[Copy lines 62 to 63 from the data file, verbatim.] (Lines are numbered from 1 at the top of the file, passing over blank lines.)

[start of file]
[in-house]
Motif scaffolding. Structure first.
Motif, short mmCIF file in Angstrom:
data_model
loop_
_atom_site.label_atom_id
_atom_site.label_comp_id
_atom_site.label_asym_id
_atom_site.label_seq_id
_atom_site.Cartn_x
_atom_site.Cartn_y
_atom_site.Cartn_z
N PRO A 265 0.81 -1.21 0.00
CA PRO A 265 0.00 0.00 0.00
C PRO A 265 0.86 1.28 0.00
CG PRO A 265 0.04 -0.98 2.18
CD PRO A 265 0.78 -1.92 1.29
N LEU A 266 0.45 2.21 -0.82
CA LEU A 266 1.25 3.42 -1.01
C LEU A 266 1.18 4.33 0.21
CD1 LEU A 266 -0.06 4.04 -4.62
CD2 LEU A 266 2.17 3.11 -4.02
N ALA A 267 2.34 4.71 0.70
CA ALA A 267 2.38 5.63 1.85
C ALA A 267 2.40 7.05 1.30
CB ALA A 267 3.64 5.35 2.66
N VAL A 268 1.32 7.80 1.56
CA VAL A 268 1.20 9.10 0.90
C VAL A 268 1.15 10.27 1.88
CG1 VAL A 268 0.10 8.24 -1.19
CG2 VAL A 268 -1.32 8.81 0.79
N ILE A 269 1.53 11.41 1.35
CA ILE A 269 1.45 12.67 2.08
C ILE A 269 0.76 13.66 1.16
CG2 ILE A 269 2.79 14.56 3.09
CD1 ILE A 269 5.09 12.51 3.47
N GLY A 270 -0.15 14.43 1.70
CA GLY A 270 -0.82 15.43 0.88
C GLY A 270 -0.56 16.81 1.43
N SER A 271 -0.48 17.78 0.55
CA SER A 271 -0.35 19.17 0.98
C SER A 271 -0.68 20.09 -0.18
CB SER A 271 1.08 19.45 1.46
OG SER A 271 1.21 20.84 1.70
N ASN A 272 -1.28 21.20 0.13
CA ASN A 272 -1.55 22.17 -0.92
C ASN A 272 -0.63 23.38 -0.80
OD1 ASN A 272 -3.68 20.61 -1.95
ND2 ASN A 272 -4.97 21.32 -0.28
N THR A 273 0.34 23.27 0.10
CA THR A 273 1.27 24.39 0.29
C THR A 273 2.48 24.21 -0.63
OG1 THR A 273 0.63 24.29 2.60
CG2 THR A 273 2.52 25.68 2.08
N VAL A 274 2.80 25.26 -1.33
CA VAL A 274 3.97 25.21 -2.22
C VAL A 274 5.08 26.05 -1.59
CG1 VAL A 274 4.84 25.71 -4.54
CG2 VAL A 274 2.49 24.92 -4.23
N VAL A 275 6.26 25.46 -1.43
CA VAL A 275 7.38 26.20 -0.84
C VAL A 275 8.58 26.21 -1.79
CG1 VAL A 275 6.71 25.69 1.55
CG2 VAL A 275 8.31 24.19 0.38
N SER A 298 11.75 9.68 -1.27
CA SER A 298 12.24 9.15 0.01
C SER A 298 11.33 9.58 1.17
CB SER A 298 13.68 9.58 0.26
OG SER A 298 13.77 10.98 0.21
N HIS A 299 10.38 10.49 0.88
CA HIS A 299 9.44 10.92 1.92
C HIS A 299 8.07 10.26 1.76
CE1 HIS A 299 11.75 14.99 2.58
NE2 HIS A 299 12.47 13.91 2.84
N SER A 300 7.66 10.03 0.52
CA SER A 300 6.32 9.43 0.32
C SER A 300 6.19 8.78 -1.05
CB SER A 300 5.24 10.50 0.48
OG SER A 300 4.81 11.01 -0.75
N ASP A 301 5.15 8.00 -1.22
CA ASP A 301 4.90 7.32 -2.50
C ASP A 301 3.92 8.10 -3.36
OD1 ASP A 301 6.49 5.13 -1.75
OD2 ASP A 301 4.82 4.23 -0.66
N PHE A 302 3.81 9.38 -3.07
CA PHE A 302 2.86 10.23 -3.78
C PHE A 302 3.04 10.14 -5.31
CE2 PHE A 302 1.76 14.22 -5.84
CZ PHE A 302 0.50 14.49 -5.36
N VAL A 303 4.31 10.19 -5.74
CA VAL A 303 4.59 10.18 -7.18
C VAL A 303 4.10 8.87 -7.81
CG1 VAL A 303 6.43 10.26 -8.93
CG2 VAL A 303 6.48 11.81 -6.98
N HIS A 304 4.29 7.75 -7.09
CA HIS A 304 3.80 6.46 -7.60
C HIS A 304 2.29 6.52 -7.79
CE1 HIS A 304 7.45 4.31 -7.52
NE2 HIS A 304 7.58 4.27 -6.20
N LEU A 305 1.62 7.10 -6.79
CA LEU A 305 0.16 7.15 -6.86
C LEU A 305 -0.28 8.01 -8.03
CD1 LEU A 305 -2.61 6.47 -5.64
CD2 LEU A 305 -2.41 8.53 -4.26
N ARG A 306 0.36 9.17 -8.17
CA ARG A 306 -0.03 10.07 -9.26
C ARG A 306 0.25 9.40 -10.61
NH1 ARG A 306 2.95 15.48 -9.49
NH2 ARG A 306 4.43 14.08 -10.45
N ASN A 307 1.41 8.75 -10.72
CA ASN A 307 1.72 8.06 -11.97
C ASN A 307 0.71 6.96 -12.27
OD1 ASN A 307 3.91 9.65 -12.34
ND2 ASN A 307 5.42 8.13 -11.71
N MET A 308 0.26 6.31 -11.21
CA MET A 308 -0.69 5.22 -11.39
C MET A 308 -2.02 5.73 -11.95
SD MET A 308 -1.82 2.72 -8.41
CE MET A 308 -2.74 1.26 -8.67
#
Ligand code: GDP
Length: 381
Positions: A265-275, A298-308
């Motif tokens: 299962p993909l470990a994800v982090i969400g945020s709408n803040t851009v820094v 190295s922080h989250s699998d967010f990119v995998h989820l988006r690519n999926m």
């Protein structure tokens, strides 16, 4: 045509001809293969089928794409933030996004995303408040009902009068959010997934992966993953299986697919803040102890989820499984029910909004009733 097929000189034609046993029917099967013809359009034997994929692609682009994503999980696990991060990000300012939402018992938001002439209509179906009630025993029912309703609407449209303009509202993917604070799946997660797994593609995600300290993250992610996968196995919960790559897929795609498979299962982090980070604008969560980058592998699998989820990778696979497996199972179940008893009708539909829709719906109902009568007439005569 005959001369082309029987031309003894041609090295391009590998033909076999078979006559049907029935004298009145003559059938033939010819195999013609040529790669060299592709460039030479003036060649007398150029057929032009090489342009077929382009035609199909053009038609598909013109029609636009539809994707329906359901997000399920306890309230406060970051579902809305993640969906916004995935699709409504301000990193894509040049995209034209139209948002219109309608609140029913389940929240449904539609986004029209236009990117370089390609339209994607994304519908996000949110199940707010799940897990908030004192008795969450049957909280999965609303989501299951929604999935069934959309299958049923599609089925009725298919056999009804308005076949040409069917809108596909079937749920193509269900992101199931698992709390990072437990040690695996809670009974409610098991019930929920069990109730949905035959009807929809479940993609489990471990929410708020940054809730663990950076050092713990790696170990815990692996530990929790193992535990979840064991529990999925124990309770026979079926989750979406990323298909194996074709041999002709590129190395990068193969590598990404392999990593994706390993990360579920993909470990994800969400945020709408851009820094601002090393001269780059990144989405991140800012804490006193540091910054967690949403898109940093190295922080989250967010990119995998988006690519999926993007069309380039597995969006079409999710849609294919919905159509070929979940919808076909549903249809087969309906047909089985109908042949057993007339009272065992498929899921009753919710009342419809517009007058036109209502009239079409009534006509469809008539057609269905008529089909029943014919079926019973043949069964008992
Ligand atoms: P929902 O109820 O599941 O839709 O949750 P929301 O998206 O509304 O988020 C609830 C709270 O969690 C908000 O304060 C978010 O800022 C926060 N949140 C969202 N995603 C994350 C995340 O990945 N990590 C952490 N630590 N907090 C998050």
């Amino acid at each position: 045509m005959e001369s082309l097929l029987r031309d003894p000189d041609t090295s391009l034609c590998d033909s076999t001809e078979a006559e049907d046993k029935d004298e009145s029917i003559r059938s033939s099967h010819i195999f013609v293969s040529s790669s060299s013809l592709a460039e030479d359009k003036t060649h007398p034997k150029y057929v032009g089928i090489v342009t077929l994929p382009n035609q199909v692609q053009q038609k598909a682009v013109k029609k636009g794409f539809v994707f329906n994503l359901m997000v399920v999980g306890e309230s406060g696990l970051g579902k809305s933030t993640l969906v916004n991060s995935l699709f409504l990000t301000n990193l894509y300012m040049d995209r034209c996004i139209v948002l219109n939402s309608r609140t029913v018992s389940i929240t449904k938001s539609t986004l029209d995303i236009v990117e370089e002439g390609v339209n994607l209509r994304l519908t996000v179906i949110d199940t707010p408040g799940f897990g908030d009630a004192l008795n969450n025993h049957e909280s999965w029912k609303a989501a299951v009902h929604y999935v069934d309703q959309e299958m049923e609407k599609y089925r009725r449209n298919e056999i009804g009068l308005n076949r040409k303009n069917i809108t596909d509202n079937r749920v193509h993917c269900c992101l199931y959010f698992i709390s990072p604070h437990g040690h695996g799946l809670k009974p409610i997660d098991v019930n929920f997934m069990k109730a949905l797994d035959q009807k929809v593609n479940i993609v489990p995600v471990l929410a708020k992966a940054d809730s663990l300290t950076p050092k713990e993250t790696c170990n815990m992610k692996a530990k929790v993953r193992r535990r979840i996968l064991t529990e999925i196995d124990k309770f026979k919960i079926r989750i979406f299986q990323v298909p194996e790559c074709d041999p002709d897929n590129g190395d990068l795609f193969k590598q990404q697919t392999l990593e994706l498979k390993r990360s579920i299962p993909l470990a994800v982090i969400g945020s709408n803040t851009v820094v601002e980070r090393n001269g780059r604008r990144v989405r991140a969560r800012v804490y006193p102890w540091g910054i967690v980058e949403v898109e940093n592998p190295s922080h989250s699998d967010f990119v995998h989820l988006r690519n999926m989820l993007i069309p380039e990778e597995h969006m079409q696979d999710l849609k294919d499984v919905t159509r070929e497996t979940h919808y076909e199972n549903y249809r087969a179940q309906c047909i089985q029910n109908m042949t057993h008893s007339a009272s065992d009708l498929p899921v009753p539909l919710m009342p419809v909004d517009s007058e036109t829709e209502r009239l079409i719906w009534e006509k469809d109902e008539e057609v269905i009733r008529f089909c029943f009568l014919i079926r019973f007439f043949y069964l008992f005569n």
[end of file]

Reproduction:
C VAL A 275 8.58 26.21 -1.79
CG1 VAL A 275 6.71 25.69 1.55